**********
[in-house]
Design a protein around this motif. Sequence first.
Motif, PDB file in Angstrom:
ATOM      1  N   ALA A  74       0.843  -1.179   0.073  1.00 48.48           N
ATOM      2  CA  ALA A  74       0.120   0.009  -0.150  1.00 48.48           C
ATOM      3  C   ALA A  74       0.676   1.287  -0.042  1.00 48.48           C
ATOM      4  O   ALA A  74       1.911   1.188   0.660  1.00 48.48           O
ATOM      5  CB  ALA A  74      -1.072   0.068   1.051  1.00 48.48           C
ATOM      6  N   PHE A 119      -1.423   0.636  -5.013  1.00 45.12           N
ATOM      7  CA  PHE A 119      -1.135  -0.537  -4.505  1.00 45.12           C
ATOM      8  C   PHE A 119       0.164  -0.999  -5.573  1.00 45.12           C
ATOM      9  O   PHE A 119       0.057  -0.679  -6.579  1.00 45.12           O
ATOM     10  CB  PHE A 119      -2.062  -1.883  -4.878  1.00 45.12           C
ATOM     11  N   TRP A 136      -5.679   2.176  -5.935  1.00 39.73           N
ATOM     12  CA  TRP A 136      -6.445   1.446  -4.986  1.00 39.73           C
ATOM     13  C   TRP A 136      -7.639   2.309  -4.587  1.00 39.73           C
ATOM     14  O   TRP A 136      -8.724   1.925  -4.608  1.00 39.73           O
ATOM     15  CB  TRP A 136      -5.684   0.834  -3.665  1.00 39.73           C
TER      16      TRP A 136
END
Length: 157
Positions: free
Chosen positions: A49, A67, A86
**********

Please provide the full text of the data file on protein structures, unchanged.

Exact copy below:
[in-house]
Design a protein around this motif. Sequence first.
Motif, PDB file in Angstrom:
ATOM      1  N   ALA A  74       0.843  -1.179   0.073  1.00 48.48           N
ATOM      2  CA  ALA A  74       0.120   0.009  -0.150  1.00 48.48           C
ATOM      3  C   ALA A  74       0.676   1.287  -0.042  1.00 48.48           C
ATOM      4  O   ALA A  74       1.911   1.188   0.660  1.00 48.48           O
ATOM      5  CB  ALA A  74      -1.072   0.068   1.051  1.00 48.48           C
ATOM      6  N   PHE A 119      -1.423   0.636  -5.013  1.00 45.12           N
ATOM      7  CA  PHE A 119      -1.135  -0.537  -4.505  1.00 45.12           C
ATOM      8  C   PHE A 119       0.164  -0.999  -5.573  1.00 45.12           C
ATOM      9  O   PHE A 119       0.057  -0.679  -6.579  1.00 45.12           O
ATOM     10  CB  PHE A 119      -2.062  -1.883  -4.878  1.00 45.12           C
ATOM     11  N   TRP A 136      -5.679   2.176  -5.935  1.00 39.73           N
ATOM     12  CA  TRP A 136      -6.445   1.446  -4.986  1.00 39.73           C
ATOM     13  C   TRP A 136      -7.639   2.309  -4.587  1.00 39.73           C
ATOM     14  O   TRP A 136      -8.724   1.925  -4.608  1.00 39.73           O
ATOM     15  CB  TRP A 136      -5.684   0.834  -3.665  1.00 39.73           C
TER      16      TRP A 136
END
Length: 157
Positions: free
Chosen positions: A49, A67, A86